Shifting to external factors that affect Guyana’s progress, imagine that Guyana retained its abundant resources and completely resolved governance, labor force capability and capacity challenges by 2030. Is that enough to ensure success and prosperity for all Guyanese? Unfortunately, resolving those issues will not be enough. The response of foreign investors and climate change also need to be considered and navigated.
In June I identified some additional “fire clubs” that the country will face starting with the Environmental, Social and Governance (ESG) Criteria:
“ESG criteria are a set of standards used by socially conscious investors to screen potential projects for investment. These standards influence the allocation of funds and management of operations. … In short, fossil fuel production and development in Guyana may be a stumbling block to environmentally conscious investors — this cannot be completely ignored. “
“Meeting ESG standards adds complexity to the energy transition … These challenges call for innovation and new approaches to doing business.”
“The country’s attractiveness to environmentally and socially conscious international investors can also determine its ability to compete for foreign direct investment.”
Guyana’s positioning in climate change policy has also become more complex as it ramps up its oil production:
“Guyana holds a unique position being a longstanding significant carbon sink then swiftly becoming a significant oil exporter, transitioning to clean energy consumption and boosting the development of the nation in less than a decade. The Tyndall report and the IEA are asking governments and oil and gas producers to walk away from hydrocarbon reserves.”
On one hand the country acknowledges the need for action on climate change but on the other hand there is equally valid need for socio-economic development in a country that is eager to modernize and provide a better standard and living for its people while it can do so:
“Guyana’s oil revenue is earmarked advance much needed development in infrastructure, energy reliability and access, telecommunications, health care, education, agriculture housing and national security. The issue is more about survival than it is about progress.”
“…oil demand is expected to decline after 2050 and Guyana is racing against the clock to produce and sell a commodity that is slated to be phased out. Revenue projections indicate that this is a long-awaited opportunity to secure sufficient funds to meet national objectives and absorb inevitable economic shocks.”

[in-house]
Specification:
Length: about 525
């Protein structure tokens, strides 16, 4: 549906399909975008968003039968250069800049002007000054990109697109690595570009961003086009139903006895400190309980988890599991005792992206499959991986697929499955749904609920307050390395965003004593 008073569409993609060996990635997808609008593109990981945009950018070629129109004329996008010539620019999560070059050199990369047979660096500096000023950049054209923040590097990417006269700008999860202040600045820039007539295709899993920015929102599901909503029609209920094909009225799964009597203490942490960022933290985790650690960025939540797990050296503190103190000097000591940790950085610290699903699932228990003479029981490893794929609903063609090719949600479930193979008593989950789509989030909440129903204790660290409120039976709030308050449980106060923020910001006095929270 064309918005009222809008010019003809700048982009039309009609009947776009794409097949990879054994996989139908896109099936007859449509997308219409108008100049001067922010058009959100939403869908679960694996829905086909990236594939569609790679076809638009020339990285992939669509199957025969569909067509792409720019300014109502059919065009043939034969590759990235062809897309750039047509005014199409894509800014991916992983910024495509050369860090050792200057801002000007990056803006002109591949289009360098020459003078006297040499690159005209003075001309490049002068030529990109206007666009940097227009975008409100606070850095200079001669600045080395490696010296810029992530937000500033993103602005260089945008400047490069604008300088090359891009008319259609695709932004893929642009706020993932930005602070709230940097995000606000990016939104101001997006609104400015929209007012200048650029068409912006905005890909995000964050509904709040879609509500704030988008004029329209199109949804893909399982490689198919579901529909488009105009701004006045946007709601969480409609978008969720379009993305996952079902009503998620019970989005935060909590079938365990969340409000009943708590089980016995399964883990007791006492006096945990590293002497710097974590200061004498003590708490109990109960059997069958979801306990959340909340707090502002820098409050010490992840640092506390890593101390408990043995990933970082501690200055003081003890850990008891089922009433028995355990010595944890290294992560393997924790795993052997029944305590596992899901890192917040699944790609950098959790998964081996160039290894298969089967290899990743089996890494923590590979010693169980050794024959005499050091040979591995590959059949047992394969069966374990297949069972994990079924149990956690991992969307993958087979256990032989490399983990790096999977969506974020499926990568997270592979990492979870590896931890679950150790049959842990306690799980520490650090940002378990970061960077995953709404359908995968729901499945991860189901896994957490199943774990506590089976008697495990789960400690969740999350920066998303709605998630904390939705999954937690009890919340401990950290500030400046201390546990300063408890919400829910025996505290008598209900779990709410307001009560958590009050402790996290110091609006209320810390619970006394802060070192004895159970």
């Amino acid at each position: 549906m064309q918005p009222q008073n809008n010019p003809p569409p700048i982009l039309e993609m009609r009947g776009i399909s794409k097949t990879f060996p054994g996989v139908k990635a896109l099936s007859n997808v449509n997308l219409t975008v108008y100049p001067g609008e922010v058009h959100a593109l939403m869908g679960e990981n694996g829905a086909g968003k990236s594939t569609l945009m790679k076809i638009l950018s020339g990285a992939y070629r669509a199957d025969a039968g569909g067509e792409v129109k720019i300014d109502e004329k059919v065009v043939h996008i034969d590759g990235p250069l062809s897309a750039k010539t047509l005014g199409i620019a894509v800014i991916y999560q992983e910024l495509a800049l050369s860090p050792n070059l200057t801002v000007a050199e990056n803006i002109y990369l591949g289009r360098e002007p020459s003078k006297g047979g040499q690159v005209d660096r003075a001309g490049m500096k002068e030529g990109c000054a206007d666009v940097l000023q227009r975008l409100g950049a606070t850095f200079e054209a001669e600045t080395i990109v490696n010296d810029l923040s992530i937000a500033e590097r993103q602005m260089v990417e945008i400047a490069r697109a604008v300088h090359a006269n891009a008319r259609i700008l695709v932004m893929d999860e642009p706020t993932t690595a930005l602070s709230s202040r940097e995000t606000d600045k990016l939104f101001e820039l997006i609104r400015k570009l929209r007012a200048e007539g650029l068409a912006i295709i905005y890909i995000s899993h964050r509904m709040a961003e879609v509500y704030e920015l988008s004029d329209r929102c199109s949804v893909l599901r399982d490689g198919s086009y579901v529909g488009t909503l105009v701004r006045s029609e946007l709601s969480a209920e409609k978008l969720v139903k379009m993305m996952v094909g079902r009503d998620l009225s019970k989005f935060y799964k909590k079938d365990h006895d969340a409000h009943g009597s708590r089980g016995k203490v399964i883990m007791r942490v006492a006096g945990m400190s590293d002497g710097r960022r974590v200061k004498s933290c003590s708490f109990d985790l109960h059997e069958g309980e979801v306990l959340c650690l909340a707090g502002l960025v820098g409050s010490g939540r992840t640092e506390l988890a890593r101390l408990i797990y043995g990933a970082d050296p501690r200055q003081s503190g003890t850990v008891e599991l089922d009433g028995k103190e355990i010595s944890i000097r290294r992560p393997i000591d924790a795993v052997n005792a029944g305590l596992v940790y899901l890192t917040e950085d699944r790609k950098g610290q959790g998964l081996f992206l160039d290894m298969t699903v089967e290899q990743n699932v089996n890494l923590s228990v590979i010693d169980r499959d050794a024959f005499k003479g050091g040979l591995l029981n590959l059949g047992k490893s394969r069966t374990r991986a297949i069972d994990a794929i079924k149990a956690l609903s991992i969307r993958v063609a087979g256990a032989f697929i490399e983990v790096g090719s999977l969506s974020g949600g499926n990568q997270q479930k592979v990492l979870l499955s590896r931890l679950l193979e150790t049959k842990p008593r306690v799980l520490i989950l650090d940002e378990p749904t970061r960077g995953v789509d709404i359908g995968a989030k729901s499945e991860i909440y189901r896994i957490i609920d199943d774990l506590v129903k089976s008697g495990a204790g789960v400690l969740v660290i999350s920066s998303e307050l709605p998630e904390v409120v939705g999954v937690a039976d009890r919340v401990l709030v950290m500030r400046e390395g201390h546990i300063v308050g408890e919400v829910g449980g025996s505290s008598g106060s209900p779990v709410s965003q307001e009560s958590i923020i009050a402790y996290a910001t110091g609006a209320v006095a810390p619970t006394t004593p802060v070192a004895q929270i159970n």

There is one gift the people of Guyana ought to give themselves in 2023 and beyond — political stability:
“History will judge the actions and statements of government representatives and the opposition that impact and influence the sentiments and, in turn, demands of the general public. Weak political institutions are a fast track to the dreaded Resource Curse, corruption and inflation.”
“It is quite simple; politically stable countries flourish, politically unstable countries devolve into chaos and poverty regardless of form of government, size of hydrocarbon reserves or the favourability of contracts secured with multinational companies.”
In 2023 optimists can confidently hope for Guyana’s progress and prosperity as long as the country does all within its power to secure political stability. As local government elections approaches in under three months, I say to Guyana: the world and investors are watching.
Dr. Lorraine Sobers is a Fulbright Scholar currently lecturing at the University of the West Indies, St. Augustine. Dr Sobers has a BS in Chemical Engineering and postgraduate degrees, MS and Ph.D., in Petroleum Engineering from Texas Tech and Imperial College, London respectively. She has 19 years’ experience in the energy sector specialising in Carbon Capture and Storage (CCS). Dr. Sobers is the Project Coordinator for CO2 Emission Reduction Mobilisation (CERM) Project and a Fellow of the Caribbean Policy Consortium.